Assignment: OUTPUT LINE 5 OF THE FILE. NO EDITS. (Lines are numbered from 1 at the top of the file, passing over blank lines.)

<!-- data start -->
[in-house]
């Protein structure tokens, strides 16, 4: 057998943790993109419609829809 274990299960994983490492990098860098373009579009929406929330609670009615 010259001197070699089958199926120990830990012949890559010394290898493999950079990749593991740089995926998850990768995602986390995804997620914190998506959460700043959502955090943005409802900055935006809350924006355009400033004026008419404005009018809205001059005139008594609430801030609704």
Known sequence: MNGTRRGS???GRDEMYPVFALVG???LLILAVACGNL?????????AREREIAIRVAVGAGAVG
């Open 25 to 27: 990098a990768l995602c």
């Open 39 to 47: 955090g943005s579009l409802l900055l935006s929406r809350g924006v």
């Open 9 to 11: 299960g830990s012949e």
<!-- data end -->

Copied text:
């Open 39 to 47: 955090g943005s579009l409802l900055l935006s929406r809350g924006v």